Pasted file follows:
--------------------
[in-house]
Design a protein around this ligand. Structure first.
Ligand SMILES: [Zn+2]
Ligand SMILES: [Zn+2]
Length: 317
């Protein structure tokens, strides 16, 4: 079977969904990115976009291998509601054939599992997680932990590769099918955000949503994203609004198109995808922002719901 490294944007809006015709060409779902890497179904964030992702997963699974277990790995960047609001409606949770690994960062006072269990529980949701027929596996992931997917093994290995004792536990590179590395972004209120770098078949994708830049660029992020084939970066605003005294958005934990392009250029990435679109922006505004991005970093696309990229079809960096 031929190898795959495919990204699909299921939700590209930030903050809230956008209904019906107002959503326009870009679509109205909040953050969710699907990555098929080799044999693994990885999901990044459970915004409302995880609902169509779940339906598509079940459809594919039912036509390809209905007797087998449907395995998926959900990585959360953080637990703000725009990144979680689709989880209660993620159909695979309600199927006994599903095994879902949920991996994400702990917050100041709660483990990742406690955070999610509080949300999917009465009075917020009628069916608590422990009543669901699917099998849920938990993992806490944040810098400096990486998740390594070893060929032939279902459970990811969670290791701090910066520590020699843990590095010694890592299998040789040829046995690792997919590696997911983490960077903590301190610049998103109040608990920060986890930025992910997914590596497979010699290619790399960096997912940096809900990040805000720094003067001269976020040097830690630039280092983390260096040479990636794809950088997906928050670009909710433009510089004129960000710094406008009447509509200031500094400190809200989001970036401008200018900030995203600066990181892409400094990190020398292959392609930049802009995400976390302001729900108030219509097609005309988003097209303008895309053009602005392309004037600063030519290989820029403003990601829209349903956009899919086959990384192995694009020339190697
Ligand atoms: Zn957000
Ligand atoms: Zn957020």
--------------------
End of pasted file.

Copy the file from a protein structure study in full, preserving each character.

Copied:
[in-house]
Design a protein around this ligand. Structure first.
Ligand SMILES: [Zn+2]
Ligand SMILES: [Zn+2]
Length: 317
């Protein structure tokens, strides 16, 4: 079977969904990115976009291998509601054939599992997680932990590769099918955000949503994203609004198109995808922002719901 490294944007809006015709060409779902890497179904964030992702997963699974277990790995960047609001409606949770690994960062006072269990529980949701027929596996992931997917093994290995004792536990590179590395972004209120770098078949994708830049660029992020084939970066605003005294958005934990392009250029990435679109922006505004991005970093696309990229079809960096 031929190898795959495919990204699909299921939700590209930030903050809230956008209904019906107002959503326009870009679509109205909040953050969710699907990555098929080799044999693994990885999901990044459970915004409302995880609902169509779940339906598509079940459809594919039912036509390809209905007797087998449907395995998926959900990585959360953080637990703000725009990144979680689709989880209660993620159909695979309600199927006994599903095994879902949920991996994400702990917050100041709660483990990742406690955070999610509080949300999917009465009075917020009628069916608590422990009543669901699917099998849920938990993992806490944040810098400096990486998740390594070893060929032939279902459970990811969670290791701090910066520590020699843990590095010694890592299998040789040829046995690792997919590696997911983490960077903590301190610049998103109040608990920060986890930025992910997914590596497979010699290619790399960096997912940096809900990040805000720094003067001269976020040097830690630039280092983390260096040479990636794809950088997906928050670009909710433009510089004129960000710094406008009447509509200031500094400190809200989001970036401008200018900030995203600066990181892409400094990190020398292959392609930049802009995400976390302001729900108030219509097609005309988003097209303008895309053009602005392309004037600063030519290989820029403003990601829209349903956009899919086959990384192995694009020339190697
Ligand atoms: Zn957000
Ligand atoms: Zn957020």